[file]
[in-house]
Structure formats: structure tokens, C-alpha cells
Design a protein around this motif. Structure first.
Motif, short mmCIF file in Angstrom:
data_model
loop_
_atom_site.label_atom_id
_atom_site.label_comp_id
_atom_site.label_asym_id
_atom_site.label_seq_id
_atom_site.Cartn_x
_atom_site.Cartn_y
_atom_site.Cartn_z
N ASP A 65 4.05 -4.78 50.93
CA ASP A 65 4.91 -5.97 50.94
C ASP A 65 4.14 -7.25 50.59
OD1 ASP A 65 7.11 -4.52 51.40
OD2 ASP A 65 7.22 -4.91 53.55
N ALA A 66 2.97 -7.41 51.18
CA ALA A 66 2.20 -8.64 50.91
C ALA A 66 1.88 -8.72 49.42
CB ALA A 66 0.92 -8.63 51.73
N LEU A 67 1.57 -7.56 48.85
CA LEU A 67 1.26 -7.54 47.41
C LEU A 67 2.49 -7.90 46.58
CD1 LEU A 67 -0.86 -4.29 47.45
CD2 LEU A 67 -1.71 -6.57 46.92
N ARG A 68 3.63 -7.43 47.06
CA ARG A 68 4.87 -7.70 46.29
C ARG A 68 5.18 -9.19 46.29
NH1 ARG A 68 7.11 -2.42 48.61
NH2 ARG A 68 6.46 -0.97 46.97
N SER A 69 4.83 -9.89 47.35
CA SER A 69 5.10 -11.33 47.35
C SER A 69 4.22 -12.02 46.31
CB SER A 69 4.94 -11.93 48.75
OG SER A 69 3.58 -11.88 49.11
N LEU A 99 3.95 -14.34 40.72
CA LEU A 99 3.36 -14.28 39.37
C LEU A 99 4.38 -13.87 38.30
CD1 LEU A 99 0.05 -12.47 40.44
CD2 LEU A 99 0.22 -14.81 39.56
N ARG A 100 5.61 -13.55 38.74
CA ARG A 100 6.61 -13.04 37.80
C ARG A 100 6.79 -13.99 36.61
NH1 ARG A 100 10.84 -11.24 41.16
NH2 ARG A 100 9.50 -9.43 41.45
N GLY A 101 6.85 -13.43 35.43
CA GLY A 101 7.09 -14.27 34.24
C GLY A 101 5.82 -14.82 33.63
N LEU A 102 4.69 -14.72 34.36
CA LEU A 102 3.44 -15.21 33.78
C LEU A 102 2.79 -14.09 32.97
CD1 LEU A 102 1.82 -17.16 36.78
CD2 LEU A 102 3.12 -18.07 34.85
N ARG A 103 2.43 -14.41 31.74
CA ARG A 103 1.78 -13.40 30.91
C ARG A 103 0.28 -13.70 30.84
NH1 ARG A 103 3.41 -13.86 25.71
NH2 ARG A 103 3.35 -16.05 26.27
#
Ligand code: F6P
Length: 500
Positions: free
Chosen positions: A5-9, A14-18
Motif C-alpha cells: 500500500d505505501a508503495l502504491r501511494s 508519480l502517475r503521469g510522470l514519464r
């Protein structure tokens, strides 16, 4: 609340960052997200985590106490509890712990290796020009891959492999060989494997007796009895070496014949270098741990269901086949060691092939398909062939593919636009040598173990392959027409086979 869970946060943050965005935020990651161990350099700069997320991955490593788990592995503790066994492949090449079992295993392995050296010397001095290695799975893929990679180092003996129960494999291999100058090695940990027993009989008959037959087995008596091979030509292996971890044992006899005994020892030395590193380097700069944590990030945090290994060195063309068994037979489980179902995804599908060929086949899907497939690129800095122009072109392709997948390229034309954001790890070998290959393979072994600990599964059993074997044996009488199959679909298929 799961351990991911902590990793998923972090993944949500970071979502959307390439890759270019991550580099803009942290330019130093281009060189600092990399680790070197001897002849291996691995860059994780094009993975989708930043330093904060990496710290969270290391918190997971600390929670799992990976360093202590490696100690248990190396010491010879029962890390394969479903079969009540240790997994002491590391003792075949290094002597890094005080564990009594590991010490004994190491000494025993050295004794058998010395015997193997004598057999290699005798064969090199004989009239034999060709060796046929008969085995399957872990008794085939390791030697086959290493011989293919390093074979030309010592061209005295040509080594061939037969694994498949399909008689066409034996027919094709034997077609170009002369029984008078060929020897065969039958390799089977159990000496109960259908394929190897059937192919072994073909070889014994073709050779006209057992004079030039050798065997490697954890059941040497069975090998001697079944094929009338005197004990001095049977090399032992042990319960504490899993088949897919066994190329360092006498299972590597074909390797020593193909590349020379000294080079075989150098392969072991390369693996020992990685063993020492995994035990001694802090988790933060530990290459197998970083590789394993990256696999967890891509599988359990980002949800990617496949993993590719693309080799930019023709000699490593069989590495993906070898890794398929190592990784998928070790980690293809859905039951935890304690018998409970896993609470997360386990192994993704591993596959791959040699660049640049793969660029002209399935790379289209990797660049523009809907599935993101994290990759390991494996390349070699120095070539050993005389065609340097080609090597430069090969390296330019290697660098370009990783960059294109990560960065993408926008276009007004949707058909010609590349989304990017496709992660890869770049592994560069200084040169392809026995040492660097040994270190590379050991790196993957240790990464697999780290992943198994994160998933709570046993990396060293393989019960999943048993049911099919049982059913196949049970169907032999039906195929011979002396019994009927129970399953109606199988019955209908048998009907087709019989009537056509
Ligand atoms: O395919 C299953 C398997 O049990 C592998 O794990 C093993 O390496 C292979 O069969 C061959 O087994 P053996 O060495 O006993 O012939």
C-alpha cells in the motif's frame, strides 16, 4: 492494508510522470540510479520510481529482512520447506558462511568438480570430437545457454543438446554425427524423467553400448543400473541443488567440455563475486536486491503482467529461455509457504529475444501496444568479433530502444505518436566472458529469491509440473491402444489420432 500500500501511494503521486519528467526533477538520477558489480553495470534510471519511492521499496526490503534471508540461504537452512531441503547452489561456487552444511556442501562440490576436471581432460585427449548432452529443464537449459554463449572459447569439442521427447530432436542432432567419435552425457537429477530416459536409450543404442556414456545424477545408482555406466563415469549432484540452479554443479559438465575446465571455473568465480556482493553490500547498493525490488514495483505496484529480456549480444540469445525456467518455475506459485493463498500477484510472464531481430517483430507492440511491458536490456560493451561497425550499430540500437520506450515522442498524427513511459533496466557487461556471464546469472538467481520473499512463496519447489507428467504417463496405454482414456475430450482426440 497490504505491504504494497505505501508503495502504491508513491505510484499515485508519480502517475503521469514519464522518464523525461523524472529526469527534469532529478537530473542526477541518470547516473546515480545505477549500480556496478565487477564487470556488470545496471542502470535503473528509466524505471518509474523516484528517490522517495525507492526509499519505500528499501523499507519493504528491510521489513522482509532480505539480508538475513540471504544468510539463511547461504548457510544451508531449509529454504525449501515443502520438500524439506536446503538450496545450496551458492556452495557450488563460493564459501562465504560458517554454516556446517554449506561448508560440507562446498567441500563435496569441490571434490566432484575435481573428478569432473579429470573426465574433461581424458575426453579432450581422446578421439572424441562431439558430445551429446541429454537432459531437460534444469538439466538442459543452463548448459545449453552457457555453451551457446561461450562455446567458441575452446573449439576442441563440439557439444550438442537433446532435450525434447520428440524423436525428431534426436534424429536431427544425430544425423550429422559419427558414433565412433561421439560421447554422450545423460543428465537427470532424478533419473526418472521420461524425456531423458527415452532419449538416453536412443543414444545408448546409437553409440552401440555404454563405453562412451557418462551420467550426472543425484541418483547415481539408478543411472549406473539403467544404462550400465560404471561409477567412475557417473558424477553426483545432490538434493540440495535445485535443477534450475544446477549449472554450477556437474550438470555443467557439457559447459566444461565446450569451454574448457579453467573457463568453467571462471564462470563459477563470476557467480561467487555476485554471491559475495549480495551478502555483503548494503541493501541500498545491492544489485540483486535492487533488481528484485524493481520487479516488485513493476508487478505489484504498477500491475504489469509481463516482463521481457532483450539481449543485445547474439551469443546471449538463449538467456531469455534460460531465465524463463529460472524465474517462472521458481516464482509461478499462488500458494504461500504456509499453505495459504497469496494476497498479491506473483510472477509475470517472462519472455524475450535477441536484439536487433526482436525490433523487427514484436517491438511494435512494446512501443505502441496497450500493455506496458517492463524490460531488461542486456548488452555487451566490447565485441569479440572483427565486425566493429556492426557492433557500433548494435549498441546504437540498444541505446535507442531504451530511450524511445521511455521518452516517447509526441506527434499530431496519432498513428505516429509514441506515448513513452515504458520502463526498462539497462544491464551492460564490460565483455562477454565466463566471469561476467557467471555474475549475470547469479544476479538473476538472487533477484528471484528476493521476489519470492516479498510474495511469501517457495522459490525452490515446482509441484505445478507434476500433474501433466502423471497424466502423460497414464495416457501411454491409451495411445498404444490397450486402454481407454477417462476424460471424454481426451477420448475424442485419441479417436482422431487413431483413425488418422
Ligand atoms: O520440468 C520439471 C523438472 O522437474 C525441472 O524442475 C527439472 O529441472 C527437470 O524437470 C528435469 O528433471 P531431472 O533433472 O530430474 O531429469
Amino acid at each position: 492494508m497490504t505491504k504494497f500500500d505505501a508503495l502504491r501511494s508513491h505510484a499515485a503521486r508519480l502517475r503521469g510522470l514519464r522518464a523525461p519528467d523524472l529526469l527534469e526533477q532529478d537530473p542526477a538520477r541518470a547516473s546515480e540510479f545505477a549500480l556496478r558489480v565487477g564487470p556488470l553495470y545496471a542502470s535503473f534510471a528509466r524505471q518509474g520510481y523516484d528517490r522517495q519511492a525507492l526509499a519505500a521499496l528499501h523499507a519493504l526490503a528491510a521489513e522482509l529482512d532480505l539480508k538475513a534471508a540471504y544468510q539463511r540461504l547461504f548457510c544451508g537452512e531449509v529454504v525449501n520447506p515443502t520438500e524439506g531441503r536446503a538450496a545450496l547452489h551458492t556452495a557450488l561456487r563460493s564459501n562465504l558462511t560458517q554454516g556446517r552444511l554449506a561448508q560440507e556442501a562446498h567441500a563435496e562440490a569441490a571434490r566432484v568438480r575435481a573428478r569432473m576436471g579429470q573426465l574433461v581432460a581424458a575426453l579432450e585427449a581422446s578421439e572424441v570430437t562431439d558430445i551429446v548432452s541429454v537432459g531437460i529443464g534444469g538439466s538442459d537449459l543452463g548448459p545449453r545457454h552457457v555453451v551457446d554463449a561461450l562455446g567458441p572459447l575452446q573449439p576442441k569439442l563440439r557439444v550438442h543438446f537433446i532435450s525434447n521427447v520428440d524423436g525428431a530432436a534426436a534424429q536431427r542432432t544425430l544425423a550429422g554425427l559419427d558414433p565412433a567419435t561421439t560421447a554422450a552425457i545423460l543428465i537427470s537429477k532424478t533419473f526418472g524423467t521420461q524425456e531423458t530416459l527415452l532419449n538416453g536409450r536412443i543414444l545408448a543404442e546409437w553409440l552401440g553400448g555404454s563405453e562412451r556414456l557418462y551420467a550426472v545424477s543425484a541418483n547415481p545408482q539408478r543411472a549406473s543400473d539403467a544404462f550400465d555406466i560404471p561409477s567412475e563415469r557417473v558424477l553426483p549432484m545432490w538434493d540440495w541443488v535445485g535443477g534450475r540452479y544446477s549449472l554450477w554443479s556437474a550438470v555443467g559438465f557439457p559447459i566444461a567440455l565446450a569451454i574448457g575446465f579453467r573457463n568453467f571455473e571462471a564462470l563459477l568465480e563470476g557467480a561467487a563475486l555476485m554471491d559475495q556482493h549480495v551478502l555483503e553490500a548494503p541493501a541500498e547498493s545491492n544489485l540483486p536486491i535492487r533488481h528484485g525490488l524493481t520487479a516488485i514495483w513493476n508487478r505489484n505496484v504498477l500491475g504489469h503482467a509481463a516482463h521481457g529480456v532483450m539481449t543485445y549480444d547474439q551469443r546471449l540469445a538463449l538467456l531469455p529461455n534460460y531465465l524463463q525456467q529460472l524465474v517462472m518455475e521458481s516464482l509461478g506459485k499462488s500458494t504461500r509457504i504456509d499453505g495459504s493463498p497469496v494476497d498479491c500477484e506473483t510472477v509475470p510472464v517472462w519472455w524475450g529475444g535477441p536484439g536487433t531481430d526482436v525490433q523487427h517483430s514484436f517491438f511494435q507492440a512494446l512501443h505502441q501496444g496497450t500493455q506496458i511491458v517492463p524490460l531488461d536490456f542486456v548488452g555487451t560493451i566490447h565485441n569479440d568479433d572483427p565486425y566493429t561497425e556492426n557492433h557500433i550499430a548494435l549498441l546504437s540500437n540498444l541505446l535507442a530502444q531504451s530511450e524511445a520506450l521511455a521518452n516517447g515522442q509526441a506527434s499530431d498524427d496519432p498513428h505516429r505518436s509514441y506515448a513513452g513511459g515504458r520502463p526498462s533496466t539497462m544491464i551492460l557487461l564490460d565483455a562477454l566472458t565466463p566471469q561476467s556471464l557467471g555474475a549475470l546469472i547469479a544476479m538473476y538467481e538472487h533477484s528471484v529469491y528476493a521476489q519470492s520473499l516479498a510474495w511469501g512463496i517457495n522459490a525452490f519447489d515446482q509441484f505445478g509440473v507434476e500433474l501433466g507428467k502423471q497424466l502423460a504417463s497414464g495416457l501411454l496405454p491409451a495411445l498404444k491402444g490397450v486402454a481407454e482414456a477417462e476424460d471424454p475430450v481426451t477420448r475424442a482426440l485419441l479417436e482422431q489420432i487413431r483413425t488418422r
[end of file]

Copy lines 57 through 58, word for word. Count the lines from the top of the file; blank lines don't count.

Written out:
CA ARG A 103 1.78 -13.40 30.91
C ARG A 103 0.28 -13.70 30.84